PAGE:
PCnet / FAST III

General discussion about Visopsys. We'll create more specific forums if the number of posts justifies that.
User avatar
ronaldlees
Posts: 103
Joined: Tue May 20, 2014 5:19 pm

Re: PCnet / FAST III

Post by ronaldlees » Wed Dec 17, 2014 1:21 pm

I've put my descriptions of visopsys debugging experiments on an outside page, so as not to clog up the forum:

https://myprogrammingmiscellany.wordpress.com/

On that page I've described a QEMU, GDB, Emacs debugging chain, applied to Visopsys. The Emacs debugging is much prettier, with its windows for threads, locals, registers, breakpoints, memory, stack, etc.

User avatar
doga-1494
Posts: 45
Joined: Fri Jul 22, 2011 3:53 pm

Re: PCnet / FAST III

Post by doga-1494 » Tue Mar 24, 2015 9:45 pm

i don't know what PCnet & FAST III is exactly.
i'm gonna google it and try to get web page and show it in notepad at least. then i can re-start working on web browser

User avatar
ronaldlees
Posts: 103
Joined: Tue May 20, 2014 5:19 pm

Re: PCnet / FAST III

Post by ronaldlees » Mon Apr 06, 2015 8:24 pm

doga-1494 wrote:i don't know what PCnet & FAST III is exactly.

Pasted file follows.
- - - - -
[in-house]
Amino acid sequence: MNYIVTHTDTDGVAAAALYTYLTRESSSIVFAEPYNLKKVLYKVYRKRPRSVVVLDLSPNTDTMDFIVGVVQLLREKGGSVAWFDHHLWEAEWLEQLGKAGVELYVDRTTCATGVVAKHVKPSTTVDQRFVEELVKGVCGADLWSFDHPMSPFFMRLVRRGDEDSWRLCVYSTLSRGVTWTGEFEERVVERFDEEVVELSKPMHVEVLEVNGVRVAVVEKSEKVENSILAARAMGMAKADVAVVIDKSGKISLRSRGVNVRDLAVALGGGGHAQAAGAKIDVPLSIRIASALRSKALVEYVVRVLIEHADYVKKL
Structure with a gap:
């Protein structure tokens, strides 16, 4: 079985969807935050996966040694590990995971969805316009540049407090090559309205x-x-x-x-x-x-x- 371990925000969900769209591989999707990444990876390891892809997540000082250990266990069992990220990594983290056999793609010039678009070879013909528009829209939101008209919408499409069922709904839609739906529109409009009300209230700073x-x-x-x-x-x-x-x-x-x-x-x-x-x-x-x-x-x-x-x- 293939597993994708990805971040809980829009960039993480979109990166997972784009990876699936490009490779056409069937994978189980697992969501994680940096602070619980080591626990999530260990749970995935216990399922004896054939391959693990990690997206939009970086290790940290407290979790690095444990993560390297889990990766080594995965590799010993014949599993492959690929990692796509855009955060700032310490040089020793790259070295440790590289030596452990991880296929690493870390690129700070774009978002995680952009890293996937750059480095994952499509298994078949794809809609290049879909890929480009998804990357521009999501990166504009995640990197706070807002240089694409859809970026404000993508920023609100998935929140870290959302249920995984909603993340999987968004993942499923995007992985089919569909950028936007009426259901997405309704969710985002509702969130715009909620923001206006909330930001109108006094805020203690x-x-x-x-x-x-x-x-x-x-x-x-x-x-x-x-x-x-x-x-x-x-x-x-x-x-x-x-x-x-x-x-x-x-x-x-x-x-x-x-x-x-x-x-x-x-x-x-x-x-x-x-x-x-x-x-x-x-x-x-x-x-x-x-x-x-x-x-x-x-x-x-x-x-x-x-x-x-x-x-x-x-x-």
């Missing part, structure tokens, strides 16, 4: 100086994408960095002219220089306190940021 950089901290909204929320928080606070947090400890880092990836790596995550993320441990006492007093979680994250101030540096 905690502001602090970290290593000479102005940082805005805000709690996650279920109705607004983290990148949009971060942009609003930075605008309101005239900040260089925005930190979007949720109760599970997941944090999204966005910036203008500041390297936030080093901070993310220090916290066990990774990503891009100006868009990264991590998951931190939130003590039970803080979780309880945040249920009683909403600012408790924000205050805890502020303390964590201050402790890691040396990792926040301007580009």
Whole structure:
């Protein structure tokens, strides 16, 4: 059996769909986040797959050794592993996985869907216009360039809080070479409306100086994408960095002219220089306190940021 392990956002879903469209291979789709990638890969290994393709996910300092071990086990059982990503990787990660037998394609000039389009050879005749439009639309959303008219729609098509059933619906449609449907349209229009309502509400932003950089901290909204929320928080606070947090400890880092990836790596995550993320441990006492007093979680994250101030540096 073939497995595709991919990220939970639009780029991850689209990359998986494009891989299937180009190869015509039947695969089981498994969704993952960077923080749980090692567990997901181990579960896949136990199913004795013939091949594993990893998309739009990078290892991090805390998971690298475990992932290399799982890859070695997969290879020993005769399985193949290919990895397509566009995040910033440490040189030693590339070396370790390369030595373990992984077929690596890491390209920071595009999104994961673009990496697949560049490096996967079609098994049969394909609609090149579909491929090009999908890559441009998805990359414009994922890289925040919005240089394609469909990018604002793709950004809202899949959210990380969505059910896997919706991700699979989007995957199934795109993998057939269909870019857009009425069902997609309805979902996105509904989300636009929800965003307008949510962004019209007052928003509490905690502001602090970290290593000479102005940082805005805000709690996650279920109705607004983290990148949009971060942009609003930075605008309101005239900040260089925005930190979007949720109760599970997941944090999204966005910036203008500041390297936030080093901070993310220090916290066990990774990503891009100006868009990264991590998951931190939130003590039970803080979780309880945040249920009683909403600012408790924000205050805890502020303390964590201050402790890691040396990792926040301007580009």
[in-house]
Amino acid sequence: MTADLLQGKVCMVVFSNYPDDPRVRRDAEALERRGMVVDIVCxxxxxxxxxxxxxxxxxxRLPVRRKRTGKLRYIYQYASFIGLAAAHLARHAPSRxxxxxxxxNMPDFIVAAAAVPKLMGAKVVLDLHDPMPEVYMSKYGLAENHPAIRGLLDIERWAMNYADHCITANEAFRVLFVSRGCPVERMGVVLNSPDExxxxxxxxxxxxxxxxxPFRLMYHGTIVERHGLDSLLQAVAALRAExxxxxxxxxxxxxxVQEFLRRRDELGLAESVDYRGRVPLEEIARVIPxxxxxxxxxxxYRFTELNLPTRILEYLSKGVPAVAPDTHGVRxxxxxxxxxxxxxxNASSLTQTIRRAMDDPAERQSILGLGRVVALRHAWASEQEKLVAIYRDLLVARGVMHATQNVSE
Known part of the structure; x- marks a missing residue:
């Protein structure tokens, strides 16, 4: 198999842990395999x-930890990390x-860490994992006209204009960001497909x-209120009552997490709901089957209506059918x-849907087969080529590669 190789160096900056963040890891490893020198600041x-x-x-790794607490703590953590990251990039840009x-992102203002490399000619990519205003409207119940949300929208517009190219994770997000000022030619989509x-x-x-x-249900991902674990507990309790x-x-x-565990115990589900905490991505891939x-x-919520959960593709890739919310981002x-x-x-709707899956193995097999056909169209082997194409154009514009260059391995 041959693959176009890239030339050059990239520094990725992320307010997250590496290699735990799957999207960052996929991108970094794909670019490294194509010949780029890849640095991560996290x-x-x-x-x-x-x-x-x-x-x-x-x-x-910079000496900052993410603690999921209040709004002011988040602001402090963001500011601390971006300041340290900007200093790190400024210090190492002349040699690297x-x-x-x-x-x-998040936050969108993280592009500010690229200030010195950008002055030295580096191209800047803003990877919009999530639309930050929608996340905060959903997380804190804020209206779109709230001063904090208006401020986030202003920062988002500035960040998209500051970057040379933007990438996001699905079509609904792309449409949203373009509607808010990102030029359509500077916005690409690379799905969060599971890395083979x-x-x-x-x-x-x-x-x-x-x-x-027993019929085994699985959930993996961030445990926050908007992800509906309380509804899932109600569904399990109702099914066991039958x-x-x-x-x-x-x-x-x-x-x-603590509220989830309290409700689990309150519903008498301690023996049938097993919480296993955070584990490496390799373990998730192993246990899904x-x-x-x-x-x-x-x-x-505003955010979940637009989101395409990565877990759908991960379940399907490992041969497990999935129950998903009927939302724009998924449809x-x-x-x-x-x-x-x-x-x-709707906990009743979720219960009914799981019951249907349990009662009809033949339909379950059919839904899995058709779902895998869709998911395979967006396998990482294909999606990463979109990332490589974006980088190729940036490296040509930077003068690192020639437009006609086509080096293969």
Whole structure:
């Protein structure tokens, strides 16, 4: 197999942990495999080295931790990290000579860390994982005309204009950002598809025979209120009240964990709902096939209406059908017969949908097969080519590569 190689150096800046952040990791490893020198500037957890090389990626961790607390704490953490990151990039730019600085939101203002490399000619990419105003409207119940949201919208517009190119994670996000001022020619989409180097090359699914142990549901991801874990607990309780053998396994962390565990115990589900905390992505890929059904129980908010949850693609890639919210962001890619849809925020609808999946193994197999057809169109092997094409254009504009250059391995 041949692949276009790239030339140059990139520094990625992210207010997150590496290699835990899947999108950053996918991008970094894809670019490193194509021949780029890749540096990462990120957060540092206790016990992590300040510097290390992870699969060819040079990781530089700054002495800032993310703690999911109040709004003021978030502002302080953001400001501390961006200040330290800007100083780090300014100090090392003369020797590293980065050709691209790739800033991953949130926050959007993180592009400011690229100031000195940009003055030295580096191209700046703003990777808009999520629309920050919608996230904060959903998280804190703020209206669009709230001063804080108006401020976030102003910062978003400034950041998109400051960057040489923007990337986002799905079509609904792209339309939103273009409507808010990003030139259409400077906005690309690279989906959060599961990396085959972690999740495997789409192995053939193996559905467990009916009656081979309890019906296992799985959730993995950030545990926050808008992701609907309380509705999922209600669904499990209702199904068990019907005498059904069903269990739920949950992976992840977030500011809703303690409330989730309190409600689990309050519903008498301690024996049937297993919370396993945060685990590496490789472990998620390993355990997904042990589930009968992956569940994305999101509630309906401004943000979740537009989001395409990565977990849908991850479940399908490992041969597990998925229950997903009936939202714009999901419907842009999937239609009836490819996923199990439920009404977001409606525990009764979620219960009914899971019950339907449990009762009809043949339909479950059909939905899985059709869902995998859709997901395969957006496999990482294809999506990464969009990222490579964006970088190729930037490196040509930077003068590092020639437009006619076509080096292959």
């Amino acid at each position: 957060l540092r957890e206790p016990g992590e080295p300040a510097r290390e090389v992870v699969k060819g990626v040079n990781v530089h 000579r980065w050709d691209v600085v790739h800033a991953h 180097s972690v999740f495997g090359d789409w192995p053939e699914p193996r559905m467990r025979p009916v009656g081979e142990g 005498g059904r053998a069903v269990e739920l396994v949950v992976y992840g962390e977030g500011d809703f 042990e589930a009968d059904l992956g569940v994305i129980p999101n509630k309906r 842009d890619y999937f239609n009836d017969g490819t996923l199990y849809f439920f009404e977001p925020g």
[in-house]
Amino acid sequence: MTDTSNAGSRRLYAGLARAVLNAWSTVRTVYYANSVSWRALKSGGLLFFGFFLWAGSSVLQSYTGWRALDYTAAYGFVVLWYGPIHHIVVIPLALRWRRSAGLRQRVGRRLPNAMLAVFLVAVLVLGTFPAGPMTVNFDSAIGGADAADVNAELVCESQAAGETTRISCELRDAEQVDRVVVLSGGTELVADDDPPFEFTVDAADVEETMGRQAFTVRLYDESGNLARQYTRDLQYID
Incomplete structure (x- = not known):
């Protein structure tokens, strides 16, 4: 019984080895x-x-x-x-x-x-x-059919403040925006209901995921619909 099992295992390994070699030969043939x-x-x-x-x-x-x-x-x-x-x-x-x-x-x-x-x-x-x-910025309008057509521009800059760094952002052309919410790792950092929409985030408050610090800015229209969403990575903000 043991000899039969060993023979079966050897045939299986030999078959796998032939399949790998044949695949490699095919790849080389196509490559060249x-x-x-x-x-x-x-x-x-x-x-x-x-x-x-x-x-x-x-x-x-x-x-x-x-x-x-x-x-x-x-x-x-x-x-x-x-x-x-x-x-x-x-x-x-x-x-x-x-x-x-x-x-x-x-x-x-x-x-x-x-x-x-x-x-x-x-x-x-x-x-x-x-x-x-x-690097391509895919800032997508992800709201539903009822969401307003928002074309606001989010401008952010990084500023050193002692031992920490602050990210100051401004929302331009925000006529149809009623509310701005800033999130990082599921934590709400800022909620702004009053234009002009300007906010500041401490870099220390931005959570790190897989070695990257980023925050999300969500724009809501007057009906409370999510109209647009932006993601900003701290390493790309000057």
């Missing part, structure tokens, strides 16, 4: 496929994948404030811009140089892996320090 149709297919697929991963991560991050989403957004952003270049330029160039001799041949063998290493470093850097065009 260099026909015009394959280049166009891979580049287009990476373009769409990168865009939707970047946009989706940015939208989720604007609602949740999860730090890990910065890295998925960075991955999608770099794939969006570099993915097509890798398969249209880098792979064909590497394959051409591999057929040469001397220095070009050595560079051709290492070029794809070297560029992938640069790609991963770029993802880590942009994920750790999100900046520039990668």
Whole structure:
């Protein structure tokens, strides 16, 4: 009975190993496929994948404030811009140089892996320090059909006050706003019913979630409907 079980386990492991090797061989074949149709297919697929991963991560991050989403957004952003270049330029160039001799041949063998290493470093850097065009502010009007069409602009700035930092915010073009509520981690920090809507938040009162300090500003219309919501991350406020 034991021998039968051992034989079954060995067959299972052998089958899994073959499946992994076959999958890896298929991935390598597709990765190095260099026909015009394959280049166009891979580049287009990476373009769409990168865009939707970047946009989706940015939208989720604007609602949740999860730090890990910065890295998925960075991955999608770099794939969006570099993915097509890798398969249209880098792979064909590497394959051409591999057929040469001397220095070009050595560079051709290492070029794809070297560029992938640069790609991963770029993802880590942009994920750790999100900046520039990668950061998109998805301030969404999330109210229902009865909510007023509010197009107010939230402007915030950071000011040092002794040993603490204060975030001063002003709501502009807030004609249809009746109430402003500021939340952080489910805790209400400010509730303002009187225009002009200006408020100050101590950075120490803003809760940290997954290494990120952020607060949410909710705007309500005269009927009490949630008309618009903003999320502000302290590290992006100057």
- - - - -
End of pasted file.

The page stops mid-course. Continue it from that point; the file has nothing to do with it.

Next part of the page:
i'm gonna google it and try to get web page and show it in notepad at least. then i can re-start working on web browser
Hi doga-1494

Sorry I haven't gotten back to you. I've been spending a lot of time on other forums (latest thing for me is Rust development).

Anyway - Lance is the oldest AMD ethernet controller family, put out in 1985. It used the AMD7990 controller chip. The PCNet family used approximately the same architecture, but in a more integrated design, and used chips like AM79c961 (PCNet-ISA) and AM79c971 (PCNet-FAST). Then there were several incantations of FAST (I, II, III). So - it's the family the original AM7990 started, with improved chips in the PCNet series, and (I think) some others as well.

I'm sure that Andy can give you a better idea about it, and maybe he can correct me if I have the lineage wrong in some way.

Great idea about the browser. That means you'll either build out a TCP/IP stack, or make a dedicated piece of software built around the driver. Which are you thinking about? Or something different? Hey - you could port Rust over to VisOpSys and build your browser with it! LOL. Mozilla is probably going to use Rust for their next gen browser families ( see https://programmingmiscellany.wordpress.com ). It's a C/C++ like language, and just as fast, but with guards against memory mismanagement. Theoretically.

You could just build up a little network code tightly wrapped to the NIC driver, AKA nginx style. If you layered your browser code correctly, you could switch over to the full blown TCP/IP stack when it became available.



-Ron

Post Reply